"Sid": "DenyStopAndTerminateWhenMFAIsNotPresent",
      "Effect": "Deny",
      "Action": [
       "ec2:StopInstances",
       "ec2:TerminateInstances"
      ],
      "Resource": "*",
      "Condition": {"BoolIfExists": {"aws:MultiFactorAuthPresent": false}}
    }
  ]
 }

5. The following SCP blocks S3 Block Public Access and denies S3 buckets from being made public.

 {    
  "Version": "2012-10-17",
  "Statement": [
    {
      "Effect": "Deny",
      "Action": [
       "s3:PutAccountPublicAccessBlock"
      ],
     "Resource": [
        "*"
      ]
    }
  ]
 }

6. More official AWS SCP examples.

Need help with a specific SCP? Contact us and our team of certified AWS consultants can help you with the creation of SCPs in your account.

Contact us

AWS Organizations SCP best practices

  • SCPs cannot restrict the management account of the organization. So do not use a management account for anything other than setting up organizations.
  • It’s strongly recommended that you do not attach SCPs to the root of your organization without thoroughly testing the impact that the policy has on AWS accounts. Instead, create an OU that you can move your accounts into one at a time, or at least in small numbers, to ensure that you don't inadvertently lock users out of key services.
  • SCPs should be primarily applied at the OU (organization unit) level, to ease troubleshooting, instead of at the account level.

SCP best practice use cases

  • Deny root user access: prevent takeover attacks using the root user account.
  • Enforce MFA: require MFA enabled for specific actions.
  • Protect monitoring, auditing, and security tools: prevent users from disabling or modifying AWS CloudWatch, Config, GuardDuty, and CloudTrail.
  • Restrict regions: restrict regions allowed in your organization for geographical proximity or regulatory needs.
  • Restrict EC2 AMI sharing and visibility: prevent AMIs from being public or shared with other AWS accounts.

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AWS Organizations SCP vs IAM policy

SCPs use the AWS Identity and Access Management (IAM) policy language; however, they do not grant permissions. SCPs specify the maximum permissions for an organization, organizational unit (OU), or AWS account. When you attach an SCP to your organization root or an OU, the SCP limits permissions for entities in member accounts.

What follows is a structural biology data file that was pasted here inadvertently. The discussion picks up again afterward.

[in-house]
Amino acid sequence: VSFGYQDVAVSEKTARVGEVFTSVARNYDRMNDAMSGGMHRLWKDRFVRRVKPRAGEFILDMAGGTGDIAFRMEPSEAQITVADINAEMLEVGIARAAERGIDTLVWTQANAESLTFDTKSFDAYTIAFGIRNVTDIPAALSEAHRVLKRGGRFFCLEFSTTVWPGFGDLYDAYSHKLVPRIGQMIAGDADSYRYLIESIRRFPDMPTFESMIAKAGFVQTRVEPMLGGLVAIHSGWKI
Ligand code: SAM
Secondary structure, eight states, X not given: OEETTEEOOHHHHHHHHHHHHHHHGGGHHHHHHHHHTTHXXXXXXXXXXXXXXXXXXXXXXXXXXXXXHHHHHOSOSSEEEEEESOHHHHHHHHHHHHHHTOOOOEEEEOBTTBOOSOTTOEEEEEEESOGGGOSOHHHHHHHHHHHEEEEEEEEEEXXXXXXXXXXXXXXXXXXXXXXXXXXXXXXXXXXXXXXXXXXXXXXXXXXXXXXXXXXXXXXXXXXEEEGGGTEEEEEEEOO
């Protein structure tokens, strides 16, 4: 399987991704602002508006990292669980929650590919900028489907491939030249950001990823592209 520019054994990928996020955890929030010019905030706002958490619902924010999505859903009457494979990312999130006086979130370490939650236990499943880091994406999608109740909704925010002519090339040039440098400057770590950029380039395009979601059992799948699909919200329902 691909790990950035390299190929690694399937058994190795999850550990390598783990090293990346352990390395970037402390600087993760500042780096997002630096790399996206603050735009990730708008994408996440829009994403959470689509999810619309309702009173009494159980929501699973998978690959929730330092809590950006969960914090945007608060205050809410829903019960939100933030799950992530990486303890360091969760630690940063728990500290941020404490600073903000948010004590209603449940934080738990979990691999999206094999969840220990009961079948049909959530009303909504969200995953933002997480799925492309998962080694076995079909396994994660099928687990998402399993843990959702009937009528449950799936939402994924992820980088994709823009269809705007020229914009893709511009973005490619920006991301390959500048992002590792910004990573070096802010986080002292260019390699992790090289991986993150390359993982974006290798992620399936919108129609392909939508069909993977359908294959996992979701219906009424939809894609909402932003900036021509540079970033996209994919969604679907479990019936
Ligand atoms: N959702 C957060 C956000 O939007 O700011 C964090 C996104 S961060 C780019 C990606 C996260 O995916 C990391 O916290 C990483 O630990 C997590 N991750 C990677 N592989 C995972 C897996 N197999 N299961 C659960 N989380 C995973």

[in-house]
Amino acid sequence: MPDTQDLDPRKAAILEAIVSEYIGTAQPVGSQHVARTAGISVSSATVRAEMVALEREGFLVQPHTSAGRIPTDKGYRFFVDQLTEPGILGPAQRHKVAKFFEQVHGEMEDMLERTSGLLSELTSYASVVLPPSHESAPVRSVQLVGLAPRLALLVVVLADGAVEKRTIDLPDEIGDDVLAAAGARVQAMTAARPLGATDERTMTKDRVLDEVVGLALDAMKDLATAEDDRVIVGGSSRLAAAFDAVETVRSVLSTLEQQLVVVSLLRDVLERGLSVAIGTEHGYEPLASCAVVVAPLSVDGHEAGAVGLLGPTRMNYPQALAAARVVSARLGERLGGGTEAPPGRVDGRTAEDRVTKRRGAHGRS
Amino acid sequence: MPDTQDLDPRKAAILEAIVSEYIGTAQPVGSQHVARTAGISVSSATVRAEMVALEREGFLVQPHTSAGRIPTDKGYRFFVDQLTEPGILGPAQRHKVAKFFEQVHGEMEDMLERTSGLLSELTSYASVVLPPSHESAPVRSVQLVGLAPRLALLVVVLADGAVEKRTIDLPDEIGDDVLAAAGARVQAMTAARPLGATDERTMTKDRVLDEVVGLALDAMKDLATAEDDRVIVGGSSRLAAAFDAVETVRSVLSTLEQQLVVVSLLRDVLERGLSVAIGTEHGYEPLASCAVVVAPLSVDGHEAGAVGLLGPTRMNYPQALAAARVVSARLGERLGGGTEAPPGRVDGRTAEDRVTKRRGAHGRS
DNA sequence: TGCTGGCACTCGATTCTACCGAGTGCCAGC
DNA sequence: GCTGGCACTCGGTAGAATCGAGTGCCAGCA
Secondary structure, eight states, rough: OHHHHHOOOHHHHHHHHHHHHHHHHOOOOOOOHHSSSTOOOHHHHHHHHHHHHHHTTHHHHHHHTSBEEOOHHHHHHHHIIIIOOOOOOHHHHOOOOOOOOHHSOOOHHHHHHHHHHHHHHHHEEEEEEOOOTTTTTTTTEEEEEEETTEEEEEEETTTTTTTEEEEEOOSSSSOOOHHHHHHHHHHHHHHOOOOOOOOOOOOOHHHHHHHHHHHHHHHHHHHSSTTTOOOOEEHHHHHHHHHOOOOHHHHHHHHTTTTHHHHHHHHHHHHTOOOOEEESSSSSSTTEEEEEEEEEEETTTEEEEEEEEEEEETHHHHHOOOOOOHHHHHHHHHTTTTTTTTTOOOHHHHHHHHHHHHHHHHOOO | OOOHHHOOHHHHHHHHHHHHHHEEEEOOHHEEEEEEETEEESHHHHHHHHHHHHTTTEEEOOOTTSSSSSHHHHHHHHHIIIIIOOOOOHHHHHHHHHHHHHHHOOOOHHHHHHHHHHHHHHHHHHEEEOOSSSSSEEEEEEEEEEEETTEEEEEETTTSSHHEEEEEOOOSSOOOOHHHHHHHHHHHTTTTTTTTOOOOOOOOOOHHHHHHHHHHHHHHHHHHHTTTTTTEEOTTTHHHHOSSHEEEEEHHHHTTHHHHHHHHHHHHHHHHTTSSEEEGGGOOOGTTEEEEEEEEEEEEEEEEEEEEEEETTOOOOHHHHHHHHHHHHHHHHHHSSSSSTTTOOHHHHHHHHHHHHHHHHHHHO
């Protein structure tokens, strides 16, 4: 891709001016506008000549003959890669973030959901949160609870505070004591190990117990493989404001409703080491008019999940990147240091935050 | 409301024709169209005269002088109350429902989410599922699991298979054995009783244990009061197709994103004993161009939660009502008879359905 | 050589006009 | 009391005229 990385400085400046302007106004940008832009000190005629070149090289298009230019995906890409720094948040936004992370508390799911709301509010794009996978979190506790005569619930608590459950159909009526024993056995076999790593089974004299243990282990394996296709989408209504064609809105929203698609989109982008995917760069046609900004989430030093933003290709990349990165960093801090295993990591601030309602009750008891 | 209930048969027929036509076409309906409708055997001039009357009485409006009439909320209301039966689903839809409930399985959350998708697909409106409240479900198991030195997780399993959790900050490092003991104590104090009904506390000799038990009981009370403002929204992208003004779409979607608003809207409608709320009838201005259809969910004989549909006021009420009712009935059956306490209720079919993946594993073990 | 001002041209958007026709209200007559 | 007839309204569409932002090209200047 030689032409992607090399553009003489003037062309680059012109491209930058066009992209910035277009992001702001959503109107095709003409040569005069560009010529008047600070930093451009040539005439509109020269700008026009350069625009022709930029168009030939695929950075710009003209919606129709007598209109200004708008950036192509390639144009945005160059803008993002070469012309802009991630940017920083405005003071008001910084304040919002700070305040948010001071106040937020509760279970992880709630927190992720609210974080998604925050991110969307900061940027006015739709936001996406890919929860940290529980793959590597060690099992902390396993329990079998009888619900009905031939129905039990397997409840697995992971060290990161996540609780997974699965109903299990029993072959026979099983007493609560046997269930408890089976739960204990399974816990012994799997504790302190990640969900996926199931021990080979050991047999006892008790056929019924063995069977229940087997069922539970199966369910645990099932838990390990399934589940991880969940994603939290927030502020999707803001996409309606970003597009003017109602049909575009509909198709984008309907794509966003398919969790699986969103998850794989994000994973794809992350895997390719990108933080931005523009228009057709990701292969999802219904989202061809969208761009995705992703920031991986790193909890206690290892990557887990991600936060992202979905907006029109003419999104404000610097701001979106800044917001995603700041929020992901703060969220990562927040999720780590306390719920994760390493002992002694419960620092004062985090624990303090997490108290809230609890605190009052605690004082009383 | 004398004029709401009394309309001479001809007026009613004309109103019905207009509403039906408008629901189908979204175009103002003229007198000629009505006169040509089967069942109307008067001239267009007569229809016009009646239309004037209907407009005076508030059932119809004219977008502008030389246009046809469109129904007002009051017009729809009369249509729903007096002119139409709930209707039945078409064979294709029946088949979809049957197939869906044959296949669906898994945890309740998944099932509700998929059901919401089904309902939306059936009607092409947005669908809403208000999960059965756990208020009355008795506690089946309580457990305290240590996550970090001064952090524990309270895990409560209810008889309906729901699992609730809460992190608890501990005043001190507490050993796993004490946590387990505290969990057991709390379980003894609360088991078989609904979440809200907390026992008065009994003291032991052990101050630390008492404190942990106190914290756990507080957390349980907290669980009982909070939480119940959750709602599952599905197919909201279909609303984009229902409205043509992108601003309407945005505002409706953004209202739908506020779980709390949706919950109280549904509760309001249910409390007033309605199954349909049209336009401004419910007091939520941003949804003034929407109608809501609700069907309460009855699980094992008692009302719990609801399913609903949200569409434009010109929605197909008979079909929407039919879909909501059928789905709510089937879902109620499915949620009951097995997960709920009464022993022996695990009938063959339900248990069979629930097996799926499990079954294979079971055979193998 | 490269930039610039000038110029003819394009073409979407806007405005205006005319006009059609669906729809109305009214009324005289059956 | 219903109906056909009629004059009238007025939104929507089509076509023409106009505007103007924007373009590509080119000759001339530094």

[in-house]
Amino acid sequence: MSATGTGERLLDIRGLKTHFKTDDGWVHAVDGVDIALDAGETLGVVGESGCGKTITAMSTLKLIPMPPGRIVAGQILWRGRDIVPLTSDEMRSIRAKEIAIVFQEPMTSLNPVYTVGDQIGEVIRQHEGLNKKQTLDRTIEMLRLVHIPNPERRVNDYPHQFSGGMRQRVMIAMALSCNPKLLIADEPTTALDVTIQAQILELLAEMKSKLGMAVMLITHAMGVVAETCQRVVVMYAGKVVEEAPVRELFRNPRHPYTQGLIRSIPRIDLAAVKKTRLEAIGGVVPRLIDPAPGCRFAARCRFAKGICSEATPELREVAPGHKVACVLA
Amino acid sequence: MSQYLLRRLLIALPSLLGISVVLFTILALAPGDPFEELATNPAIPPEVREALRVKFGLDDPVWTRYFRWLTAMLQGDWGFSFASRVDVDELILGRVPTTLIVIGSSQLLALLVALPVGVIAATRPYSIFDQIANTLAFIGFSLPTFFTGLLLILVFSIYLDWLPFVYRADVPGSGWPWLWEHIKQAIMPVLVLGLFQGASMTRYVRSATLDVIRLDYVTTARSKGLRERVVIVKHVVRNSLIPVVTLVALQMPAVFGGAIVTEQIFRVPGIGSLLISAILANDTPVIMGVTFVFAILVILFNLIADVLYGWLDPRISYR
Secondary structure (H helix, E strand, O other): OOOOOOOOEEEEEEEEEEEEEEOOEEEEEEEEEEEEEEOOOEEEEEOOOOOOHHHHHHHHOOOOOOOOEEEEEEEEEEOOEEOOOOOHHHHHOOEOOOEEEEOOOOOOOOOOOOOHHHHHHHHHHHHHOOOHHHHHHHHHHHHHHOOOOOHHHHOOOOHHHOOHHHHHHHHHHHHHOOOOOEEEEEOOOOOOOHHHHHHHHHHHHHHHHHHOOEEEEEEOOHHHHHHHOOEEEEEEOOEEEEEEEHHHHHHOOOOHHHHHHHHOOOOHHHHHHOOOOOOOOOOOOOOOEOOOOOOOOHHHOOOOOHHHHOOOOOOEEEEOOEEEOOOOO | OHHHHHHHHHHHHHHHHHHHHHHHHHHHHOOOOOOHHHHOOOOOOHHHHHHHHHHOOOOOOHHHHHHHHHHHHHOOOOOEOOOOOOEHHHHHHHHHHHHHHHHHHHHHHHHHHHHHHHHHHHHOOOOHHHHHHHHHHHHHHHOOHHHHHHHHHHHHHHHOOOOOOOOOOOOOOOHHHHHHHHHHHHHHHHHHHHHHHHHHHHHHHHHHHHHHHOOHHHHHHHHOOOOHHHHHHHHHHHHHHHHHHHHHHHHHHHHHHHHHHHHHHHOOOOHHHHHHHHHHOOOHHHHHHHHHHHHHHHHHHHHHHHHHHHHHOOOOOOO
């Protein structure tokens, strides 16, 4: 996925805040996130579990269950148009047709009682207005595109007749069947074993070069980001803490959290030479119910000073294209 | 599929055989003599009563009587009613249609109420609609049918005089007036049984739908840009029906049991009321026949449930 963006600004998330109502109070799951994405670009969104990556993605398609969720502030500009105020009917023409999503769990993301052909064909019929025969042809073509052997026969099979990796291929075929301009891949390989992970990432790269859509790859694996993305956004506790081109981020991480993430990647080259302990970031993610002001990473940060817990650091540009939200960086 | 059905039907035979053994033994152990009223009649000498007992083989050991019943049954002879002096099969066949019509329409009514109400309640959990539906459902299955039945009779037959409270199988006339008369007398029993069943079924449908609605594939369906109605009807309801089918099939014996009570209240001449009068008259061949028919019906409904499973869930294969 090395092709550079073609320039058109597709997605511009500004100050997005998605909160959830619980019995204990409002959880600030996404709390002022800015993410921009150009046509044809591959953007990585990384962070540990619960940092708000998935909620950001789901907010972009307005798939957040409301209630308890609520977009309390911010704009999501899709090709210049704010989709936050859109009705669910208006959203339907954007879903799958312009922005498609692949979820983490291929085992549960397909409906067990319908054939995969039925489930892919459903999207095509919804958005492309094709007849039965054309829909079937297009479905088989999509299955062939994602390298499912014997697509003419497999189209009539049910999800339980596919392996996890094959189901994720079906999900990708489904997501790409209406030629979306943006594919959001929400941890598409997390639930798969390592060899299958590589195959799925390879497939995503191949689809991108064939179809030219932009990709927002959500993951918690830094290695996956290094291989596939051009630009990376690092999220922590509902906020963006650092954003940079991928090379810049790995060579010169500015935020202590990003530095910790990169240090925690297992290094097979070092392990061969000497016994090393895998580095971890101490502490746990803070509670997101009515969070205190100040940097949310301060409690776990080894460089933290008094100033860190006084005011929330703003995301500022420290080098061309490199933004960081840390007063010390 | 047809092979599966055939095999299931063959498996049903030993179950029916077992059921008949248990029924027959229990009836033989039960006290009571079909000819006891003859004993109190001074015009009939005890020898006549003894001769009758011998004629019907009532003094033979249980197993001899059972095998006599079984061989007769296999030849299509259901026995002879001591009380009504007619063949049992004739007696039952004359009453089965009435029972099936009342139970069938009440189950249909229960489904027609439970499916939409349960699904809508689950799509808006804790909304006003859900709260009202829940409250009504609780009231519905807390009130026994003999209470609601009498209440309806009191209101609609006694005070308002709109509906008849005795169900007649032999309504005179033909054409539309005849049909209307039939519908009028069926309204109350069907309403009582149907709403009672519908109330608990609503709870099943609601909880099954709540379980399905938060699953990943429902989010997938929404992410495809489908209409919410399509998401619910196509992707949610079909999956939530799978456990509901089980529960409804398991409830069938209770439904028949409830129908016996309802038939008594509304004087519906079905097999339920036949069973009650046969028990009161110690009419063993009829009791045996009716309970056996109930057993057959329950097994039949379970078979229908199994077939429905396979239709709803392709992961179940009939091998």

IAM Policies can grant/deny certain actions to certain resources and you can use IAM Policies alone, but you can't use SCPs without IAM policies.

AWS Organizations SCPs

You can use SCPs to allow or deny access to AWS services for individual AWS accounts with AWS Organizations member accounts, or for groups of accounts within an organizational unit (OU). The specified actions from an attached SCP affect all IAM identities including the root user of the member account.

AWS services that aren't explicitly allowed by the SCPs associated with an AWS account or its parent OUs are denied. SCPs associated with an OU are inherited by all AWS accounts in that OU.

IAM policies

IAM policies allow or deny access to AWS services or API actions that work with IAM. An IAM policy can be applied only to IAM identities (users, groups, or roles). IAM policies cannot restrict the AWS account root user.

41_AWS-organizations-7.png

For more information on how you can use IAM to secure access to your organization, see AWS Identity and Access Management and AWS Organizations.

Conclusion

SCPs are very effective at enforcing policies and restricting allowed operations. An SCP applied to the organizational root might be too generic and ineffective, but by categorising it clearly into an organizational unit (OU) with well-defined boundaries, you can introduce severe restrictions and mitigate potential vulnerabilities.